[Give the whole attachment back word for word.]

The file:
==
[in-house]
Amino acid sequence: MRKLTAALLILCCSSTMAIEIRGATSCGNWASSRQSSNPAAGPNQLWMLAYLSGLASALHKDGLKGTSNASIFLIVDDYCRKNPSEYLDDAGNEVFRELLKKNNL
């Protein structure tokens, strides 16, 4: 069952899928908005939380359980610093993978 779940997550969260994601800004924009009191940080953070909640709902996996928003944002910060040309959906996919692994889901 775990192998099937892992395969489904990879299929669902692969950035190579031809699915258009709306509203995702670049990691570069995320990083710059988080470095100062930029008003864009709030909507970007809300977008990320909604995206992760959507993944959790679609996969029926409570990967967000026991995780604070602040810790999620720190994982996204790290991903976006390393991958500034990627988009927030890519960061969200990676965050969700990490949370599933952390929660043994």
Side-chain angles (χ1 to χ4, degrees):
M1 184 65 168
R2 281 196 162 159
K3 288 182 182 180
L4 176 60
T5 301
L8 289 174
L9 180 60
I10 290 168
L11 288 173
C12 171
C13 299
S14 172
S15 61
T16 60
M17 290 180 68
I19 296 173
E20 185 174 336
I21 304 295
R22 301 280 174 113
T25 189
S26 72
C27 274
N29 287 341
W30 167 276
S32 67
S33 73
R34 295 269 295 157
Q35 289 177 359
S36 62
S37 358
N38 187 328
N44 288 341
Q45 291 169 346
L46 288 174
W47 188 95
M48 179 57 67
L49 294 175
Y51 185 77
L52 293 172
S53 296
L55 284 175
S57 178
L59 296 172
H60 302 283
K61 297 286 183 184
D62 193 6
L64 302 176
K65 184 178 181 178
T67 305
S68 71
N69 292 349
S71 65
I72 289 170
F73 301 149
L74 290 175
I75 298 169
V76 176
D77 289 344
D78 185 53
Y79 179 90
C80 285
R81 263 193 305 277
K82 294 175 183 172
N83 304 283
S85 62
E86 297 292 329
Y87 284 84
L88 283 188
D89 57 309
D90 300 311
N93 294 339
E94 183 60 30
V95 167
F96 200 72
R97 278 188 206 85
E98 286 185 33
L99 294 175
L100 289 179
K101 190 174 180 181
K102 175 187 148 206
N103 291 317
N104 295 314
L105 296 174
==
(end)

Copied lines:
[in-house]
Amino acid sequence: MRKLTAALLILCCSSTMAIEIRGATSCGNWASSRQSSNPAAGPNQLWMLAYLSGLASALHKDGLKGTSNASIFLIVDDYCRKNPSEYLDDAGNEVFRELLKKNNL
């Protein structure tokens, strides 16, 4: 069952899928908005939380359980610093993978 779940997550969260994601800004924009009191940080953070909640709902996996928003944002910060040309959906996919692994889901 775990192998099937892992395969489904990879299929669902692969950035190579031809699915258009709306509203995702670049990691570069995320990083710059988080470095100062930029008003864009709030909507970007809300977008990320909604995206992760959507993944959790679609996969029926409570990967967000026991995780604070602040810790999620720190994982996204790290991903976006390393991958500034990627988009927030890519960061969200990676965050969700990490949370599933952390929660043994």
Side-chain angles (χ1 to χ4, degrees):
M1 184 65 168
R2 281 196 162 159
K3 288 182 182 180
L4 176 60
T5 301
L8 289 174
L9 180 60
I10 290 168
L11 288 173
C12 171
C13 299
S14 172
S15 61
T16 60
M17 290 180 68
I19 296 173
E20 185 174 336
I21 304 295
R22 301 280 174 113
T25 189
S26 72
C27 274
N29 287 341
W30 167 276
S32 67
S33 73
R34 295 269 295 157
Q35 289 177 359
S36 62
S37 358
N38 187 328
N44 288 341
Q45 291 169 346
L46 288 174
W47 188 95
M48 179 57 67
L49 294 175
Y51 185 77
L52 293 172
S53 296
L55 284 175
S57 178
L59 296 172
H60 302 283
K61 297 286 183 184
D62 193 6
L64 302 176
K65 184 178 181 178
T67 305
S68 71
N69 292 349
S71 65
I72 289 170
F73 301 149
L74 290 175
I75 298 169
V76 176
D77 289 344
D78 185 53
Y79 179 90
C80 285
R81 263 193 305 277
K82 294 175 183 172
N83 304 283
S85 62
E86 297 292 329
Y87 284 84
L88 283 188
D89 57 309
D90 300 311
N93 294 339
E94 183 60 30
V95 167
F96 200 72
R97 278 188 206 85
E98 286 185 33
L99 294 175
L100 289 179
K101 190 174 180 181
K102 175 187 148 206
N103 291 317
N104 295 314
L105 296 174